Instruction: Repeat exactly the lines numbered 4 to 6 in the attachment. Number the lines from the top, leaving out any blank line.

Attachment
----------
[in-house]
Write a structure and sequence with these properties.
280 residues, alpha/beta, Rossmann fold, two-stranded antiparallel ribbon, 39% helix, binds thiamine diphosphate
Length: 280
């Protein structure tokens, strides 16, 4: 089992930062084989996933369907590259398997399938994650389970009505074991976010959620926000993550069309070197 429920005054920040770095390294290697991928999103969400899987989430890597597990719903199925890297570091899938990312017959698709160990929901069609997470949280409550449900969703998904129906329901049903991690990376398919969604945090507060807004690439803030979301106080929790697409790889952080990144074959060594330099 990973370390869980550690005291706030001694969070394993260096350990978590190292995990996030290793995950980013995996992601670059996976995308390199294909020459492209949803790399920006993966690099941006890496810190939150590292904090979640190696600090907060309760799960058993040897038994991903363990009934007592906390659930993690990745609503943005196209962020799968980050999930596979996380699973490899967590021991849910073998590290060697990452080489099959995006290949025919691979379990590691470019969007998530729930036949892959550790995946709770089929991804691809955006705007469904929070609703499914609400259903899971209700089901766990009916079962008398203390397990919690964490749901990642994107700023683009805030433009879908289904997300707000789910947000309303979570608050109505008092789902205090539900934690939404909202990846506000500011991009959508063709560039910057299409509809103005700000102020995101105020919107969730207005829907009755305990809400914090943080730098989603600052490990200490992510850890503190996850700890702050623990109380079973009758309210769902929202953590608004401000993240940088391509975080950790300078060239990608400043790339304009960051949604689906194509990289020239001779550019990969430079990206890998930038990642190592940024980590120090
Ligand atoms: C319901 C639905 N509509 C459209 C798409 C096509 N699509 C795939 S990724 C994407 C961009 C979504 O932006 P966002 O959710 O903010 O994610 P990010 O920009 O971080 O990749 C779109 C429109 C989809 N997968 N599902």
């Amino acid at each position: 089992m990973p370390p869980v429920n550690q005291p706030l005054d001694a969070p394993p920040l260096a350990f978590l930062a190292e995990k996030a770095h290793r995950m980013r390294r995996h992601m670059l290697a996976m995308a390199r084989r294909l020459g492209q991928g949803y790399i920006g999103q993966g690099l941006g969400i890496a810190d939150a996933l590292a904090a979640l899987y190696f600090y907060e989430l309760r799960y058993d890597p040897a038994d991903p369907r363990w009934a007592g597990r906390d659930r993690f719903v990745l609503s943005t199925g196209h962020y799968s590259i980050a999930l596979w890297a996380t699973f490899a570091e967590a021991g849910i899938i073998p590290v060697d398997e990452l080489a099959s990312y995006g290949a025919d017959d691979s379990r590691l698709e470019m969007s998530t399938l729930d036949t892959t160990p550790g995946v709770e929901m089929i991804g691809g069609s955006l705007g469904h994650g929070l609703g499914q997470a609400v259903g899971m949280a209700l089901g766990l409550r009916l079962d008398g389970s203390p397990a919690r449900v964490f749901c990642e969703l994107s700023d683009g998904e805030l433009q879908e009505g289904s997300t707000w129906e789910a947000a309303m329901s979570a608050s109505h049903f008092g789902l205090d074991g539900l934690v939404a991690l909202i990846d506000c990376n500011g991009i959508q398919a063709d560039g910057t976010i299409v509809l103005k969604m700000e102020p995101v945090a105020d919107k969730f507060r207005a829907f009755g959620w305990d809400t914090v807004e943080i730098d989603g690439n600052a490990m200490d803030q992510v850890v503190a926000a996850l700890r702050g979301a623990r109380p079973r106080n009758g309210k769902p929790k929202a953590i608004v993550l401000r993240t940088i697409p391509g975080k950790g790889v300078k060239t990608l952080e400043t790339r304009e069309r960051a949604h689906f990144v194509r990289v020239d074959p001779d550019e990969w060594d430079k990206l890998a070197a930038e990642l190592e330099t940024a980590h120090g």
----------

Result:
Length: 280
């Protein structure tokens, strides 16, 4: 089992930062084989996933369907590259398997399938994650389970009505074991976010959620926000993550069309070197 429920005054920040770095390294290697991928999103969400899987989430890597597990719903199925890297570091899938990312017959698709160990929901069609997470949280409550449900969703998904129906329901049903991690990376398919969604945090507060807004690439803030979301106080929790697409790889952080990144074959060594330099 990973370390869980550690005291706030001694969070394993260096350990978590190292995990996030290793995950980013995996992601670059996976995308390199294909020459492209949803790399920006993966690099941006890496810190939150590292904090979640190696600090907060309760799960058993040897038994991903363990009934007592906390659930993690990745609503943005196209962020799968980050999930596979996380699973490899967590021991849910073998590290060697990452080489099959995006290949025919691979379990590691470019969007998530729930036949892959550790995946709770089929991804691809955006705007469904929070609703499914609400259903899971209700089901766990009916079962008398203390397990919690964490749901990642994107700023683009805030433009879908289904997300707000789910947000309303979570608050109505008092789902205090539900934690939404909202990846506000500011991009959508063709560039910057299409509809103005700000102020995101105020919107969730207005829907009755305990809400914090943080730098989603600052490990200490992510850890503190996850700890702050623990109380079973009758309210769902929202953590608004401000993240940088391509975080950790300078060239990608400043790339304009960051949604689906194509990289020239001779550019990969430079990206890998930038990642190592940024980590120090
Ligand atoms: C319901 C639905 N509509 C459209 C798409 C096509 N699509 C795939 S990724 C994407 C961009 C979504 O932006 P966002 O959710 O903010 O994610 P990010 O920009 O971080 O990749 C779109 C429109 C989809 N997968 N599902």